A shocking expose that's not only fascinating, but very well researched. This book really leaves you wondering how Scientology can survive, now that the church's dark side has been revealed. The more members that leave (escape), the more disturbing information comes to light.
Going clear is one of those listens that starts interesting then gets very hard to listen to. Not through any fault of the material or the reader. No the problem comes purely from the story your hearing. The first part of the book is the story of LRH life and times and the founding of Scientology. Next we hear about the methods of Scientology and it's early history.
It's all very interesting stuff and full of gripping detail as we hear about how LRH married and discarded wives as some men buy and throw away boots. But then the book takes a turn for the worse. Again I must emphasis the book does not become more poorly written but the story itself takes a turn for the worse and keeps getting more depressing.
Imagine if you take the first forty minutes of The Blues brothers and then splice in any bombastic drivel like Pearl Harbor then end on the last twenty minutes of Grave of the Fireflies You see the church built, you laugh at their antics but then the Sea org is founded and we see what LRH builds his church out to be and we see the stories of those who join the church at a young age... As LRH gets older and eventually dies everything gets worse. Day by day, week by week the more the misery mounts. And that's not even going into Operation Freakout or Snow White.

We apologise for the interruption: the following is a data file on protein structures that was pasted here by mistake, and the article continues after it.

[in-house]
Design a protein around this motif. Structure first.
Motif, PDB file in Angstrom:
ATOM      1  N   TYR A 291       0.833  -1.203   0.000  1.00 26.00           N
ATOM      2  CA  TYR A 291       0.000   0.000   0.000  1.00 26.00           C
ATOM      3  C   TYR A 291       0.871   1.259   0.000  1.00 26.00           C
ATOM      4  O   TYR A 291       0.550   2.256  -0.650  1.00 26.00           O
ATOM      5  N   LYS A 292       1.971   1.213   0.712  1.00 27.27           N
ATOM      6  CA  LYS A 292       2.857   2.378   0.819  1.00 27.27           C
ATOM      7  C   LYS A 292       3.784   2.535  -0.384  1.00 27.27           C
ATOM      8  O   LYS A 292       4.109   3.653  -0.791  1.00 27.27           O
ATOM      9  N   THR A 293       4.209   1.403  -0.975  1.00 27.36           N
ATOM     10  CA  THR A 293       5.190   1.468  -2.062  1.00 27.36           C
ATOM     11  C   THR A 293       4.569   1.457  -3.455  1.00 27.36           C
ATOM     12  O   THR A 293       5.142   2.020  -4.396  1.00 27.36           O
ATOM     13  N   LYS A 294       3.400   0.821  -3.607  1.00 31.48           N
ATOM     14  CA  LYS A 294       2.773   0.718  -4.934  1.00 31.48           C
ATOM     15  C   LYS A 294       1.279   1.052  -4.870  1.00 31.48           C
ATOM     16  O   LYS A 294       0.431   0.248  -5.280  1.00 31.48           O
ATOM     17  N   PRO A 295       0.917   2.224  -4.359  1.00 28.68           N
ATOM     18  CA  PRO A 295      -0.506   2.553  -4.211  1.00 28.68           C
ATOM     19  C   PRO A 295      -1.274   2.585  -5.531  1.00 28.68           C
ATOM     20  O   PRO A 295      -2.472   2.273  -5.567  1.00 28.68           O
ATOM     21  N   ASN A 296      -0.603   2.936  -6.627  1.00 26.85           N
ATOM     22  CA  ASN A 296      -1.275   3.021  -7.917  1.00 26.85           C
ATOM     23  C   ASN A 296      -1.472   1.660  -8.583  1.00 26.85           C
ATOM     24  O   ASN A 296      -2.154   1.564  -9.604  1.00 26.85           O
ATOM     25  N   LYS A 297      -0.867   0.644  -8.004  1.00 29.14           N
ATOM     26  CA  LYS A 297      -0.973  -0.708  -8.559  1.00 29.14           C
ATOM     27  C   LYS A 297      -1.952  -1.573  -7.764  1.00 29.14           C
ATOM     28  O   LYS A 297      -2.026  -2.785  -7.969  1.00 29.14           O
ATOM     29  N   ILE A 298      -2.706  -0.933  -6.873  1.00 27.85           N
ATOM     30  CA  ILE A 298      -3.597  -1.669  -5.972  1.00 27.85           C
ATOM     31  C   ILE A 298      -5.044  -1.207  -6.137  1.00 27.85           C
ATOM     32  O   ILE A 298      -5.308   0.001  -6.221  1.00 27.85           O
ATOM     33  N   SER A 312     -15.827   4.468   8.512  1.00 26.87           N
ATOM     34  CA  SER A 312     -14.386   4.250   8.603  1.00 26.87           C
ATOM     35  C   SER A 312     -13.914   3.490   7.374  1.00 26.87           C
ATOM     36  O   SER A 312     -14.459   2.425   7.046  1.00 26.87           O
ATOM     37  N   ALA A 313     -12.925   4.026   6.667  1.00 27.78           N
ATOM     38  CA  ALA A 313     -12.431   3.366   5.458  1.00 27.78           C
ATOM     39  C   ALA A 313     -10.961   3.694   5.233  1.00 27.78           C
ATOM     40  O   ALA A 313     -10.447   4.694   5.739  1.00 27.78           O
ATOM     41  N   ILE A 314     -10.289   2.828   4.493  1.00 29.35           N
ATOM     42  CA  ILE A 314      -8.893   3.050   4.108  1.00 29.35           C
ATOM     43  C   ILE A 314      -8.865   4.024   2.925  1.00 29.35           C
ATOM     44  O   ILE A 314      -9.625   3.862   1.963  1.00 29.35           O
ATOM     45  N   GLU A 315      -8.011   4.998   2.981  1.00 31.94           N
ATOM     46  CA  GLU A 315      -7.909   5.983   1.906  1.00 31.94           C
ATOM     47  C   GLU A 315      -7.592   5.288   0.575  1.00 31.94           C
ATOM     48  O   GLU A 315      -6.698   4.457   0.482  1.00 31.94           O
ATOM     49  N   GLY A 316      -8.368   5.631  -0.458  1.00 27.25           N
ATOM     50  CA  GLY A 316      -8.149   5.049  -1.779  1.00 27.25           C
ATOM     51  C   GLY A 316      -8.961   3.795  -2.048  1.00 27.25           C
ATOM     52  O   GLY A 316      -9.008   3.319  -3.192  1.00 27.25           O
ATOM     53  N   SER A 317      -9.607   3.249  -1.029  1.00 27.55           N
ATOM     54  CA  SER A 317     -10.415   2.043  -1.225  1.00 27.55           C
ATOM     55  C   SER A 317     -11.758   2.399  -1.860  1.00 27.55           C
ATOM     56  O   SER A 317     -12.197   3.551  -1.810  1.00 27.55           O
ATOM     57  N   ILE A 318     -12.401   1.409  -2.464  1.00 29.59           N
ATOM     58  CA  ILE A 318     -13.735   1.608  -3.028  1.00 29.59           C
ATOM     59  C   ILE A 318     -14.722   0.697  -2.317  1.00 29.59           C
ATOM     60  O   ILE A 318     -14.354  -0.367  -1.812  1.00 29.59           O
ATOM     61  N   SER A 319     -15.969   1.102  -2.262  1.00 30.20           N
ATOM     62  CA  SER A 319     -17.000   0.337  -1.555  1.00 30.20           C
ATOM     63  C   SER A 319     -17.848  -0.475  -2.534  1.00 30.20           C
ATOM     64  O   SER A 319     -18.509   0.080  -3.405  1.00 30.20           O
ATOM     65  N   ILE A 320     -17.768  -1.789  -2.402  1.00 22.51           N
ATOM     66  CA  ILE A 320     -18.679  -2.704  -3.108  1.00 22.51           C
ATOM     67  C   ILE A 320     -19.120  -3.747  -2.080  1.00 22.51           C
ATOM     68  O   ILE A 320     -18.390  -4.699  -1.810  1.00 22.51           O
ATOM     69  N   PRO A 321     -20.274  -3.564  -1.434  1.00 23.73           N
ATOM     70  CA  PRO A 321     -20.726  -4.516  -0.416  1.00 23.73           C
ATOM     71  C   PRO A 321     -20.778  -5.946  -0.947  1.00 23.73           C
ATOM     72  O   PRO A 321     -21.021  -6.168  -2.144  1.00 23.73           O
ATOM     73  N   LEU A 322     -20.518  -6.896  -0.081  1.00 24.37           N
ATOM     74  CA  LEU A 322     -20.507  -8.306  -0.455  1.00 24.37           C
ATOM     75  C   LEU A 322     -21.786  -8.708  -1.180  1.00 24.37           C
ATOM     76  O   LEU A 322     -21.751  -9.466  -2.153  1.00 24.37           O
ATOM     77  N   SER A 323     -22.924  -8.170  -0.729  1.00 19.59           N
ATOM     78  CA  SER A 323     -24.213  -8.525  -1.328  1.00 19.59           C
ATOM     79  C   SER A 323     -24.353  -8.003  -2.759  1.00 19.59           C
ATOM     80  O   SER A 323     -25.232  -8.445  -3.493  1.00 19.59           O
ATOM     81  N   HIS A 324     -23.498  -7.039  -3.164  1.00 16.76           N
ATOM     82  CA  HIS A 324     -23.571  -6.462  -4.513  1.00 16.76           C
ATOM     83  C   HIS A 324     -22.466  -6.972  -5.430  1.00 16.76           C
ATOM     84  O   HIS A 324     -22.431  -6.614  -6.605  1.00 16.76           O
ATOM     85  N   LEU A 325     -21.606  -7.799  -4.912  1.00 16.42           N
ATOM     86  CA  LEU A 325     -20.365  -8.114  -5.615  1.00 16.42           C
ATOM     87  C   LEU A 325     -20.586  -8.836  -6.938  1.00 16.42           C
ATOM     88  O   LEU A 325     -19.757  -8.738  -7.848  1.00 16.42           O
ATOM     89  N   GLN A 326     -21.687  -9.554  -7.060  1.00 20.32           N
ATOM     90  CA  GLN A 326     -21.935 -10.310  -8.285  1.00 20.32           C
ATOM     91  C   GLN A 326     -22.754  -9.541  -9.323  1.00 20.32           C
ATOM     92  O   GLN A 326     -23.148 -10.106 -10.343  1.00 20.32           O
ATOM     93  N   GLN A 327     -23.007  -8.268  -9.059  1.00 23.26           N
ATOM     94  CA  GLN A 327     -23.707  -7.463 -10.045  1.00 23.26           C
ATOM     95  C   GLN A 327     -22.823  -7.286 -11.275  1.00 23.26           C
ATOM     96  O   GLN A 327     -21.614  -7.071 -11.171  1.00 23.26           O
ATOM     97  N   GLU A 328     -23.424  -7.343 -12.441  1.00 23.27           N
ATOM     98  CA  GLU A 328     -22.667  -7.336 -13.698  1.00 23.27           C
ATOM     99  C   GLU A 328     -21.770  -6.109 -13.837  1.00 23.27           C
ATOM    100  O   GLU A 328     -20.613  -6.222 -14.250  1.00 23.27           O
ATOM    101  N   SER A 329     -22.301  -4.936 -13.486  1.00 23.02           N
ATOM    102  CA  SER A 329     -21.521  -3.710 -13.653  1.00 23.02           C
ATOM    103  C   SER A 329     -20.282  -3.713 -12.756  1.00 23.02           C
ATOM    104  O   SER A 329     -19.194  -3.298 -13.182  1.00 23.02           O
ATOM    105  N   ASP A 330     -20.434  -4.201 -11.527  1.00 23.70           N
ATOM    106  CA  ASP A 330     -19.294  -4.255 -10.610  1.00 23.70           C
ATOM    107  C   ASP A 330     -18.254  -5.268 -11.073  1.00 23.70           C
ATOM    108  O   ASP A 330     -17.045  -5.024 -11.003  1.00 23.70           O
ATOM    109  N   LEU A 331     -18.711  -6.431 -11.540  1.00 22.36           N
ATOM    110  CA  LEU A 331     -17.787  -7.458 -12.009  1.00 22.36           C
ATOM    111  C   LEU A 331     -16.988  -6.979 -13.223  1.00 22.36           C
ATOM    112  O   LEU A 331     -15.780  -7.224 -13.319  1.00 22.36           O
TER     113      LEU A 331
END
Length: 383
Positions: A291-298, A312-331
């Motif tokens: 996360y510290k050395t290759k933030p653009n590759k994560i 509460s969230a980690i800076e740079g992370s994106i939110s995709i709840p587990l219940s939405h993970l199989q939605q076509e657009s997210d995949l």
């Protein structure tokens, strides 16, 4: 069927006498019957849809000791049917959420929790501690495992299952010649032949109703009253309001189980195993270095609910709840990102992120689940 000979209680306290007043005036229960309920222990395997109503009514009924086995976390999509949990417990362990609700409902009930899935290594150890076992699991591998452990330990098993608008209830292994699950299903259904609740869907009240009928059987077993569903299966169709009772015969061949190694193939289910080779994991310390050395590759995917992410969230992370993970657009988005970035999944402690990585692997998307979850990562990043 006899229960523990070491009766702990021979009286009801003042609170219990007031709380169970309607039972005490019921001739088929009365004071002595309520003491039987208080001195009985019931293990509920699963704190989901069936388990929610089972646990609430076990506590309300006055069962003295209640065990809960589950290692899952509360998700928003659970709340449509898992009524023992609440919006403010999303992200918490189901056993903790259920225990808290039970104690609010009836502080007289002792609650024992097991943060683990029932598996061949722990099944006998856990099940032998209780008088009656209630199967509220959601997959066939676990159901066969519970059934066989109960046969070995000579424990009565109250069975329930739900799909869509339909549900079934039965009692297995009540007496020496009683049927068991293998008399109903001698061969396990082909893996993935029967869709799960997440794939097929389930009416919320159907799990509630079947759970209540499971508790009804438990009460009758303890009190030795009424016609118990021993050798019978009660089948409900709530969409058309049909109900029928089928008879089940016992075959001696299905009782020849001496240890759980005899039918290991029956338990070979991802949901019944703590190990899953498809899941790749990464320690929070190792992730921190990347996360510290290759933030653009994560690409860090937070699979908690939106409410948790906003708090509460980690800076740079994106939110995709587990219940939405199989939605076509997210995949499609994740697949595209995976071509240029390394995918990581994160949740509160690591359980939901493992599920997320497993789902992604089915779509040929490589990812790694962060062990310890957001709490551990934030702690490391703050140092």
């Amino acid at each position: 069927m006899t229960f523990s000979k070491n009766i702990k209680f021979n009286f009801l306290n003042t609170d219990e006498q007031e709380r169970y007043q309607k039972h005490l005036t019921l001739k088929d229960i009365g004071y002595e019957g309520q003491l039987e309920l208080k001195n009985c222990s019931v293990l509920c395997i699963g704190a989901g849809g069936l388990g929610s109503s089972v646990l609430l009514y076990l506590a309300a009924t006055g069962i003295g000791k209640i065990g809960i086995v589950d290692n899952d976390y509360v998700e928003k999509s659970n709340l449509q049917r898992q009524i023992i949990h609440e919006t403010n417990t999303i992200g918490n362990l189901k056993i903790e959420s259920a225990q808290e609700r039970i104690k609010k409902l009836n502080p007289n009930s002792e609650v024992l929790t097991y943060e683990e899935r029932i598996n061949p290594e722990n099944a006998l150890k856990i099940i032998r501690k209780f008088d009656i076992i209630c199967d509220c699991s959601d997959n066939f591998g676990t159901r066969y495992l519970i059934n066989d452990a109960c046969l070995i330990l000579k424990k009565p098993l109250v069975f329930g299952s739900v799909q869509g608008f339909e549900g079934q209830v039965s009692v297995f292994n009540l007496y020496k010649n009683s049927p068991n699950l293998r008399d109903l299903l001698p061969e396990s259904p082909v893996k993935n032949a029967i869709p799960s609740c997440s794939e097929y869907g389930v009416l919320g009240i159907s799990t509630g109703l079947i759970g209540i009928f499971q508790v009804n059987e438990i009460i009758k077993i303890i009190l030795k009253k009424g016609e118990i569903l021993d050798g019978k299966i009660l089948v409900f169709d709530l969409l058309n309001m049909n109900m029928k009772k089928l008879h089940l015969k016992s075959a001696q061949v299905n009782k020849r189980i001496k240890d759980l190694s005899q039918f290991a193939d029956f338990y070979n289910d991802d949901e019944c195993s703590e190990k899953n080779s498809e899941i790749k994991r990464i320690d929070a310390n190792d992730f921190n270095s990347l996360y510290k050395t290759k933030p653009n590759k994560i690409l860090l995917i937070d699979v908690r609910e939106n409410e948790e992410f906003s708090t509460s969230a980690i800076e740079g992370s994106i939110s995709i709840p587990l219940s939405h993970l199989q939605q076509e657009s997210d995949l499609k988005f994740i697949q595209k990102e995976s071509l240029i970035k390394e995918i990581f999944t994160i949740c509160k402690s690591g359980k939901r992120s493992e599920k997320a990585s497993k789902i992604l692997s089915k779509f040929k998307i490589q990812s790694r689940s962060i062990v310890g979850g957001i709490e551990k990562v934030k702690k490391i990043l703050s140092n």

So my advice if you want to understand Scientology, this is the book to give you the story warts and all.
Footnote:The footnotes are mostly hilarious but not intentionally so, gotta love lawyers.